“If it ain’t broke, don’t fix it” is a phrase attributed to Bert Lance, Director of the Office of Management and Budget, under US President Jimmy Carter. Wise words, indeed, but a sentiment that cannot be applied to the 100 point wine rating system introduced by Robert Parker circa 1983. Here is a system surely broken beyond repair – and ripe for replacement by a more consistent, logical and inclusive method of assessing the quality of wine.
Parker (now retired) and the Wine Advocate magazine he founded have been among the most influential voices in the wine world for decades. His 100 point rating system remains the most popular scoring system worldwide but, with wine consumers becoming more and more involved in user commentary and scoring via a myriad of wine websites, Apps and social media options, now is the time to retire the 100 point wine scoring system which has outlived its usefulness.
Scoring the quality of a wine is very much an individualistic assessment. There is nothing ‘wrong’ if one reviewer truly loves a wine and considers it very high quality, while another does not like the same wine and pronounces it poor.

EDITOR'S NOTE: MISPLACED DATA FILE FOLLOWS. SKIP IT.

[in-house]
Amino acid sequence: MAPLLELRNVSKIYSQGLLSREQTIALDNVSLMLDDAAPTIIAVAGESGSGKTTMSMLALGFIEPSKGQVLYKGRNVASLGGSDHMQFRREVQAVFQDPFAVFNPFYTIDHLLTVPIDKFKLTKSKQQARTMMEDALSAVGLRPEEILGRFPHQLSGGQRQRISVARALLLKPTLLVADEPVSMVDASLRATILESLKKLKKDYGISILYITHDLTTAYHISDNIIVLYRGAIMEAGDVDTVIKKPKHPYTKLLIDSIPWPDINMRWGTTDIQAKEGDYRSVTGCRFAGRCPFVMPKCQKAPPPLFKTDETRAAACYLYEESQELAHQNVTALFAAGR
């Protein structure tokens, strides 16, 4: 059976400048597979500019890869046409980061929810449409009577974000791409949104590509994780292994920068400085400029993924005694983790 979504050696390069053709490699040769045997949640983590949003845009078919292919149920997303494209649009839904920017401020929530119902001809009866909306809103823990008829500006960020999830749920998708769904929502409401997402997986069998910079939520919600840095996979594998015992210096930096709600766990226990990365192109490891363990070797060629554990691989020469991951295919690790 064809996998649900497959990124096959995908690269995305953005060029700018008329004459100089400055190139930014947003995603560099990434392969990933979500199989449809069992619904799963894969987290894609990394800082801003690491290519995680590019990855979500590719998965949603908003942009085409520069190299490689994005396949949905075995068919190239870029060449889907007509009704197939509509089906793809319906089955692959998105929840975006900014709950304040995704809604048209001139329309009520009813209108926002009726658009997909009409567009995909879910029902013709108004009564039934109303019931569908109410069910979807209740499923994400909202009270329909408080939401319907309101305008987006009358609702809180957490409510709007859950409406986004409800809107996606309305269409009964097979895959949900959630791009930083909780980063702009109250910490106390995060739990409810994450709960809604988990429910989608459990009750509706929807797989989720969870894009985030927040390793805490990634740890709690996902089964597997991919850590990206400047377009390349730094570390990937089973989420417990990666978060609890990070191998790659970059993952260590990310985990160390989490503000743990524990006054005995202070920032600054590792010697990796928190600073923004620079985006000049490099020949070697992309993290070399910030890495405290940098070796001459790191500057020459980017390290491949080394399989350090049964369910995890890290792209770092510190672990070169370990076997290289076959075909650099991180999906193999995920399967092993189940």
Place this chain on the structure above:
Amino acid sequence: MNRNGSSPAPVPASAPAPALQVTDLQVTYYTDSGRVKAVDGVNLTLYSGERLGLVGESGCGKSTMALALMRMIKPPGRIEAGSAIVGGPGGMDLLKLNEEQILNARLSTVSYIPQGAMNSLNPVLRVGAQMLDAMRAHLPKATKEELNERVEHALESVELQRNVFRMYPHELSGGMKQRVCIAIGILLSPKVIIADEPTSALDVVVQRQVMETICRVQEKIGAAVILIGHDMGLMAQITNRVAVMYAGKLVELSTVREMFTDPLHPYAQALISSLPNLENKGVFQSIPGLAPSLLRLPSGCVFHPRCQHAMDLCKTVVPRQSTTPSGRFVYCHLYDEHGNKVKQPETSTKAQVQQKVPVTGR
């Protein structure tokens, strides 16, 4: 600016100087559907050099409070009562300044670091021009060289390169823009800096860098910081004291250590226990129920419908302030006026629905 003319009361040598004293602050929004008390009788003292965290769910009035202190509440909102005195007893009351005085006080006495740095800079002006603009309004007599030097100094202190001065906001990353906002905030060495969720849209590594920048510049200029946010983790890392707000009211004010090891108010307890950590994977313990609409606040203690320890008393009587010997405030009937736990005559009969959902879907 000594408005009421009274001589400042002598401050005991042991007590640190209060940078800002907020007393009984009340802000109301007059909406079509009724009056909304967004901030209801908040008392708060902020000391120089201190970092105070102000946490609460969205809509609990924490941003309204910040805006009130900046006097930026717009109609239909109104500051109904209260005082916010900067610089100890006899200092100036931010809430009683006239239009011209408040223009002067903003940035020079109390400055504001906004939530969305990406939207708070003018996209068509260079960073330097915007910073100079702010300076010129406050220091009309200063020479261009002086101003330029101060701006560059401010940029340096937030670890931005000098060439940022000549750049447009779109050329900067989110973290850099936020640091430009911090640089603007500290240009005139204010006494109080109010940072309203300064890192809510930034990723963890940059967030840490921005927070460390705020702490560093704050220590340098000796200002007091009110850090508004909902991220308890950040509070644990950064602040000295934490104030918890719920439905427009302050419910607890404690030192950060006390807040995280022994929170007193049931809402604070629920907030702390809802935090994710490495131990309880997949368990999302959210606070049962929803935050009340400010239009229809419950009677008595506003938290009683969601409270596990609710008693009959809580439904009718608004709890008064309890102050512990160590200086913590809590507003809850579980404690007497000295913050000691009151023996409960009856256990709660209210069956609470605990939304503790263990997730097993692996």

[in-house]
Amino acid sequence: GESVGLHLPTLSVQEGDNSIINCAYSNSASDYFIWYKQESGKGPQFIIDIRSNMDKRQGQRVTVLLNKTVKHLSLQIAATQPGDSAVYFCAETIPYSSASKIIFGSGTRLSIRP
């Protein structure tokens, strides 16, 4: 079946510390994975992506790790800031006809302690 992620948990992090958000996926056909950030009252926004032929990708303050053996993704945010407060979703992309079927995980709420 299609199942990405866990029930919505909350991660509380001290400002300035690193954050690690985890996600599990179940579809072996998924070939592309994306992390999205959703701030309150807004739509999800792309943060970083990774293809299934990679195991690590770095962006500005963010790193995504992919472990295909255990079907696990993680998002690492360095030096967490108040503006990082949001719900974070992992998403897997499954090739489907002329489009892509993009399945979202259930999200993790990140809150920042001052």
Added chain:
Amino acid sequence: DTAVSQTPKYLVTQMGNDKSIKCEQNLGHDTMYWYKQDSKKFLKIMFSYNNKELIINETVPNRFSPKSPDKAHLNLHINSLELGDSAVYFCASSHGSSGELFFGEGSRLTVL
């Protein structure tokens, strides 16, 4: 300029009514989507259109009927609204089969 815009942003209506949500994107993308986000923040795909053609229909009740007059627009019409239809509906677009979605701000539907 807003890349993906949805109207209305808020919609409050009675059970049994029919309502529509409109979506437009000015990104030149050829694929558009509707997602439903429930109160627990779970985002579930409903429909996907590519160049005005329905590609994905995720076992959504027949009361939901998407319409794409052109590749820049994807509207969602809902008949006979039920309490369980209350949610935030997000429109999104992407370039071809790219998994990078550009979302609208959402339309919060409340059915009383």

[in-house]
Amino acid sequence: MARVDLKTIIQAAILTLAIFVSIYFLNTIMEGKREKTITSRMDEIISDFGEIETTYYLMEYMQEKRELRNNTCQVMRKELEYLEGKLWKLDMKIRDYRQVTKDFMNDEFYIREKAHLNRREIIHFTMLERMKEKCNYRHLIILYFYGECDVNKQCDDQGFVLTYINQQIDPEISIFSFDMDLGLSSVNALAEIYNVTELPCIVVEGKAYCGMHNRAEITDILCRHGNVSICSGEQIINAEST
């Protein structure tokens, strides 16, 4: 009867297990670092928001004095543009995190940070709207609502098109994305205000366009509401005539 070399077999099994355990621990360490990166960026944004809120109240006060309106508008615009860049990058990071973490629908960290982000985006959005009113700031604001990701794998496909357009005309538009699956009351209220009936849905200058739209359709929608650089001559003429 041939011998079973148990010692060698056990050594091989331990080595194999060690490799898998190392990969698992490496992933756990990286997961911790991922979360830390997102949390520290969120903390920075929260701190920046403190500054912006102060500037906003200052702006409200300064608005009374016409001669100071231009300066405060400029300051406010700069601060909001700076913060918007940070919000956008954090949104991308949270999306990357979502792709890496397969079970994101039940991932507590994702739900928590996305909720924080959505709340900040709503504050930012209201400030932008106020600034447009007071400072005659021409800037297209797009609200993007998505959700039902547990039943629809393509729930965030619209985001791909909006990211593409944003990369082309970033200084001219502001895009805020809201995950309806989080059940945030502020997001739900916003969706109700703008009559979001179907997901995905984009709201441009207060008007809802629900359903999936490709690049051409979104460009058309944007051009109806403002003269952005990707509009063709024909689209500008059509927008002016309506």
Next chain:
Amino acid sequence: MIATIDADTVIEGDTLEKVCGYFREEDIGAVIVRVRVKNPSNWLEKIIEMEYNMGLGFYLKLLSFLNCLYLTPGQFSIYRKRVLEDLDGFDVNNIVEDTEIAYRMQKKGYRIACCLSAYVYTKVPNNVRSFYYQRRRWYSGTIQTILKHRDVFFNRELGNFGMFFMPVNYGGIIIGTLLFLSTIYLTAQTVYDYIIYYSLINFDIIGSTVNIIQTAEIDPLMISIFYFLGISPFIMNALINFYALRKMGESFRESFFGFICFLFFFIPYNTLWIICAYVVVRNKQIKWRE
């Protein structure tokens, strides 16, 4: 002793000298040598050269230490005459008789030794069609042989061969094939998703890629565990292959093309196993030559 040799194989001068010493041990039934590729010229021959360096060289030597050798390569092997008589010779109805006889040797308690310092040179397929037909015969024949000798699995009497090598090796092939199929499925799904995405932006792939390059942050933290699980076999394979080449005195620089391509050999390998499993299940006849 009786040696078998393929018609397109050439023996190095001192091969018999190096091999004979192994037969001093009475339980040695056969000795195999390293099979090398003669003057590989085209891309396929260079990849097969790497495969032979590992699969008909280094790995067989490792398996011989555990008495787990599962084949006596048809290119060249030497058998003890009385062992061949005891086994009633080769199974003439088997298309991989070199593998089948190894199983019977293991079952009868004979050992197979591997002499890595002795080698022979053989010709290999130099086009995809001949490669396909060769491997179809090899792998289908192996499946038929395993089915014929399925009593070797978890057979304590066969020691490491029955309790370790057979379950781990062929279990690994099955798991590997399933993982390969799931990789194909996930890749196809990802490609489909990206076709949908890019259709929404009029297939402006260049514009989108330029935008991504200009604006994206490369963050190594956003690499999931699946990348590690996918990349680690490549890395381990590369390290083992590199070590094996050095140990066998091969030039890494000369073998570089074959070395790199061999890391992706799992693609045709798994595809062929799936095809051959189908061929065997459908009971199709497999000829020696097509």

The reader of two very different reviews of the same wine may be confused but, providing the scoring system is soundly based, the varying scores can be appreciated as the personal assessments of the reviewers, uncontaminated by a confusing and illogical scoring system. Unfortunately, when such a scoring system forms a central element of the communication to readers, the value of such reviews is considerably diminished – and that is exactly where the 100 point rating system falls down.
In assessing the 100 point system it is important to keep in mind who the audience is and what they would expect to learn from its ratings. Ask any wine-consumer what 94 points or 92 points mean and you will not find a confident or consistent response. Here are some of the reasons why the 100 Point System does not work.
The 100 Point System is NOT a 100 point system.
It should be no surprise that the average person would expect a 100 point system to consist of 100 points. Any other explanation does not make sense. Unfortunately, the 100 point wine scoring system does not have 100 points. Instead it starts at 50 and only uses the range from 50 to 100 to score a wine. In fact, many wine reviewers do not allocate points to wines below the 74-84 point range. They use only the remaining 17 – 27 points in what is still termed a 100 point system. Confused? You are not alone.